Improvement in naming assessment may rely on the addition of auditory naming in children with unilateral epilepsy, particularly by including response time into performance measures and reducing the influence of vocabulary. These findings were published in a recent edition of Neurology.
A total of 78 patients with unilateral epilepsy (age, 6-15 [mean age, 11.8±2.6] years) were enrolled and subsequently completed the Children’s Auditory Naming and Visual Naming Tests, Boston Naming Test, and other verbal and nonverbal tasks. Summary Score-All and Summary Score-Time were calculated, which used total correct responses <2 seconds — tip-of-the-tongue responses and total correct responses in <2 seconds — total correct responses in ≥2 seconds, respectively. In a multivariate analysis of variance, researchers compared test performance between the left and right hemisphere epilepsy groups. The Wechsler Intelligence Scale for Children-IV/V (n=61) or the 2-subtest Wechsler Abbreviated Scale of Intelligence (n=17) were used to obtain Full Scale IQ.
Children with left hemisphere epilepsy had significantly poorer auditory naming compared with children with right hemisphere epilepsy (P =.02). No differences were found between groups with regard to measures of visual naming, general intelligence, or other cognitive functions. A significant proportion of children had correctly classified seizure laterality when the investigators used auditory naming cutoff scores to distinguish between intact vs impaired performance. There was a 4.2-times higher odds for left hemisphere epilepsy than for right hemisphere epilepsy in children with poor auditory naming performance (95% CI, 1.4-11.7). In addition, the odds of left temporal lobe epilepsy were 11.3 times higher than for right temporal lobe epilepsy with poor auditory naming performance in patients with temporal lobe epilepsy.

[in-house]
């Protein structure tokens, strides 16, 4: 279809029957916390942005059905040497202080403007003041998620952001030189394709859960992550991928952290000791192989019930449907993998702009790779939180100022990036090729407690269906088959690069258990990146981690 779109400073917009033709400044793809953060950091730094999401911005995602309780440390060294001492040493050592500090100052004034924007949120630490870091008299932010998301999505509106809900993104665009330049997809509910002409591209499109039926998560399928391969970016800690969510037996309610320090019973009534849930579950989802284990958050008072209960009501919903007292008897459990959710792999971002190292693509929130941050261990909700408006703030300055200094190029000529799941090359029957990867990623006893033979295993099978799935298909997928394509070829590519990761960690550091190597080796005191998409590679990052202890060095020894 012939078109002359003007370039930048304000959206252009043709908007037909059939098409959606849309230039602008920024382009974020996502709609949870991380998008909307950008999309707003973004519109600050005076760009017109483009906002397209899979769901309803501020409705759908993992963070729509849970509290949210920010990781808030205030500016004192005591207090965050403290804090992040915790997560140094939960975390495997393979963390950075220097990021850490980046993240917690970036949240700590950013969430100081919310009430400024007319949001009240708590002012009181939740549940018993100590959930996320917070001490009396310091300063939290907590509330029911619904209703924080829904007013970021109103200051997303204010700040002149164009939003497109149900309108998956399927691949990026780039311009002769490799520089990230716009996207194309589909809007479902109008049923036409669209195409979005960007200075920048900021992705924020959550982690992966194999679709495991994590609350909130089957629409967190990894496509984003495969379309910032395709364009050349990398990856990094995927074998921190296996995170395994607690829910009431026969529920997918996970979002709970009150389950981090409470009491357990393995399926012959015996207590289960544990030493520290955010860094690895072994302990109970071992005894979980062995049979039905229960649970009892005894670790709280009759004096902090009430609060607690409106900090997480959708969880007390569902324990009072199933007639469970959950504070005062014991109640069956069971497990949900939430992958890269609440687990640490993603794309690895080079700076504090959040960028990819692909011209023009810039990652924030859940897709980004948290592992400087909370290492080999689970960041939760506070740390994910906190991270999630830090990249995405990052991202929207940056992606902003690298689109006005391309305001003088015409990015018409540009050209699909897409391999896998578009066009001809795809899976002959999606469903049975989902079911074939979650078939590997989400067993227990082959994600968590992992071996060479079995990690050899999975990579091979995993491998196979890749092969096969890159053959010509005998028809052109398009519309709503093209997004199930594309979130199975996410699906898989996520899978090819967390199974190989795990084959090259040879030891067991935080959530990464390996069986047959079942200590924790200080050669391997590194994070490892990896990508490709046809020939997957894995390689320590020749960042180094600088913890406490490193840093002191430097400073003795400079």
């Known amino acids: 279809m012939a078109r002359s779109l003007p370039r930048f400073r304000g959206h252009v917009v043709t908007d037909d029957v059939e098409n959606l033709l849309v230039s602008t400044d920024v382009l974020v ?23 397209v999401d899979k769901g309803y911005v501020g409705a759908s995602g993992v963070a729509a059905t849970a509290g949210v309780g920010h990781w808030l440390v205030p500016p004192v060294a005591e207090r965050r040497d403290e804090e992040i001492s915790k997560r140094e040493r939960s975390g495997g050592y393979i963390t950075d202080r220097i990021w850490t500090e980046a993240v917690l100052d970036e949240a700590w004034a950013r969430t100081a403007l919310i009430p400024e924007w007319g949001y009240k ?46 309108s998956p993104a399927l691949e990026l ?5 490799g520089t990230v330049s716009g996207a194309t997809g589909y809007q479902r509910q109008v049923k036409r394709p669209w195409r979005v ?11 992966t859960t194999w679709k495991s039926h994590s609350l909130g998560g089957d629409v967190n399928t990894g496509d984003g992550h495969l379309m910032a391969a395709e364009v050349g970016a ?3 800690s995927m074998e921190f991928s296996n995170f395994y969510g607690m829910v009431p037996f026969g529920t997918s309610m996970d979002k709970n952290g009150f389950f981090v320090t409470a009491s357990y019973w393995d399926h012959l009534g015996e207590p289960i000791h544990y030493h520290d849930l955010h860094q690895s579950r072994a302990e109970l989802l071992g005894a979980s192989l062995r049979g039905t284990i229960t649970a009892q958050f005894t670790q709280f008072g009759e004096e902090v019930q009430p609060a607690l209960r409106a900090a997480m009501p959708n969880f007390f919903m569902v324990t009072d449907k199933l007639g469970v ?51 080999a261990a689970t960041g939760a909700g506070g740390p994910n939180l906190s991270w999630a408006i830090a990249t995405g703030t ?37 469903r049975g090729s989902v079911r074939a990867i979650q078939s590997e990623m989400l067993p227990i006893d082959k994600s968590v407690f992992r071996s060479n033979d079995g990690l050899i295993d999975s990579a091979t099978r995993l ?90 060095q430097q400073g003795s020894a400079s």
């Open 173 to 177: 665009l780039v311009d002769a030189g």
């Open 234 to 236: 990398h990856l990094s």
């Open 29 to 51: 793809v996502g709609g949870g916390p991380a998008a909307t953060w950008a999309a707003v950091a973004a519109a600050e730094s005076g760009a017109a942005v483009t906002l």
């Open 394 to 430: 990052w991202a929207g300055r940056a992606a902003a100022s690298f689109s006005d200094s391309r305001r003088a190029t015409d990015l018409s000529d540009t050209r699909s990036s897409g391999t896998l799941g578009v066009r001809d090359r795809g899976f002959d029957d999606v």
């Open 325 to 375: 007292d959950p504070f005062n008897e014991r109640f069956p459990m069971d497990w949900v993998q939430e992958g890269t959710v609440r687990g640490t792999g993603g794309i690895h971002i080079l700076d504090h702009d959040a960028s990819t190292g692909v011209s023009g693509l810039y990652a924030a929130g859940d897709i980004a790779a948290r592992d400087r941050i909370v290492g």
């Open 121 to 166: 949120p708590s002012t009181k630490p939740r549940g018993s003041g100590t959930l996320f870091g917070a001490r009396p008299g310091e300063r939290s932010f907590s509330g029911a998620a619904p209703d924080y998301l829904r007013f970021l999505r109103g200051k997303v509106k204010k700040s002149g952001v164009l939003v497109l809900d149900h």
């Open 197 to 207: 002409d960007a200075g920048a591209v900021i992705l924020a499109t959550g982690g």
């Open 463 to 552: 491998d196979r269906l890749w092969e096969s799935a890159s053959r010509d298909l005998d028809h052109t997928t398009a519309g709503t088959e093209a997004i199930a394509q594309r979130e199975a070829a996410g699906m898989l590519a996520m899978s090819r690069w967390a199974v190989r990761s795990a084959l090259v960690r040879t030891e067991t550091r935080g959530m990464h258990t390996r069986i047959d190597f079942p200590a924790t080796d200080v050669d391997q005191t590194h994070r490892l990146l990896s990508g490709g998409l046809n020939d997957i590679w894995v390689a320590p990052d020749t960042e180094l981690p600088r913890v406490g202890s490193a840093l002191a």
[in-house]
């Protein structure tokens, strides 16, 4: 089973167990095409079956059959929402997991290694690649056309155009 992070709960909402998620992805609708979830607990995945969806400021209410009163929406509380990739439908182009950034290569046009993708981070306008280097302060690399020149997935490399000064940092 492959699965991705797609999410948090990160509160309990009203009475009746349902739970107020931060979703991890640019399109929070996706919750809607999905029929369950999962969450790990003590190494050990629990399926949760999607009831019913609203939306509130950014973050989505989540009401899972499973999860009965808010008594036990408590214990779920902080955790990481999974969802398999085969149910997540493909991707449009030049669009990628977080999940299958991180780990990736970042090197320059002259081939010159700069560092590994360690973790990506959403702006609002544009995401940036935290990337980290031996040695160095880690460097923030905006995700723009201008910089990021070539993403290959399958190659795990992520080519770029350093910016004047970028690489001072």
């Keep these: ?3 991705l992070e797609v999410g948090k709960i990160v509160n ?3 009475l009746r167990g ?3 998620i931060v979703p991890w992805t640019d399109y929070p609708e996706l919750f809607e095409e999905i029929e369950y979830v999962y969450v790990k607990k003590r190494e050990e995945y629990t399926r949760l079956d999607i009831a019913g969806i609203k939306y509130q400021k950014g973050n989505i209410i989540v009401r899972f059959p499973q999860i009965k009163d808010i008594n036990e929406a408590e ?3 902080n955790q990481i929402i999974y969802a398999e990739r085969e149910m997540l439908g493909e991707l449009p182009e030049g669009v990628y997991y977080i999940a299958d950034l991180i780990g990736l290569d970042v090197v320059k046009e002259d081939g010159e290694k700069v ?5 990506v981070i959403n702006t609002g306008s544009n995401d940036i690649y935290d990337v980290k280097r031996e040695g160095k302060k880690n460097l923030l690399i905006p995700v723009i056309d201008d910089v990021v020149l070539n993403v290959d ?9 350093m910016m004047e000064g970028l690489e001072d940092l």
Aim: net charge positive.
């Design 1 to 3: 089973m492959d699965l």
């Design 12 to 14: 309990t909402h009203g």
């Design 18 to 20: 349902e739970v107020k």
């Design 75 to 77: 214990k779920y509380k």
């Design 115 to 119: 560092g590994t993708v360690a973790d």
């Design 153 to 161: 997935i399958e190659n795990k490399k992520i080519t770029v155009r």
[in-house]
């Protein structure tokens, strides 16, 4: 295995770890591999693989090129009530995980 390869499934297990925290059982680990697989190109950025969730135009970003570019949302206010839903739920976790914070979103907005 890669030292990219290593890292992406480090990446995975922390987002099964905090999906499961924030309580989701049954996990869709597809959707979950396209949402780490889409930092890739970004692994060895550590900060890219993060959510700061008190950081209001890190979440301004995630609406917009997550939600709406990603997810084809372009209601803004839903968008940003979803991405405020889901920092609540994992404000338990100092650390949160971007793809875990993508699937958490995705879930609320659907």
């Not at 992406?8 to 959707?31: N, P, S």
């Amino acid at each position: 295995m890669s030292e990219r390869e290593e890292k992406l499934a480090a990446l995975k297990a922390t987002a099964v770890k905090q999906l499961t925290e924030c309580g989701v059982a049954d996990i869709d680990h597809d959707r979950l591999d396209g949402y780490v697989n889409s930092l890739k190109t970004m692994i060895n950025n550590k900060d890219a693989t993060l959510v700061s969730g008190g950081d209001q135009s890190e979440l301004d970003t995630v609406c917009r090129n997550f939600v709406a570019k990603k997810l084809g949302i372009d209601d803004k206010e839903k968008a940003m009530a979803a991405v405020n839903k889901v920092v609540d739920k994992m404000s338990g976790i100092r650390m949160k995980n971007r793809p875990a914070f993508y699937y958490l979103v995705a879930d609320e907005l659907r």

Limitations of the study included its small sample size and the inclusion of children with left and right hemisphere epilepsy who were relatively similar in age.
“In the context of epilepsy surgery,” the study investigators concluded, “results suggest that these children’s naming tests promise utility in lateralization of dysfunction associated with the region of seizure onset.”
Hamberger MJ, MacAllister WS, Seidel WT, et al. Noninvasive identification of seizure lateralization in children: name that thing. Neurology. 2019;92(1):e1-e8.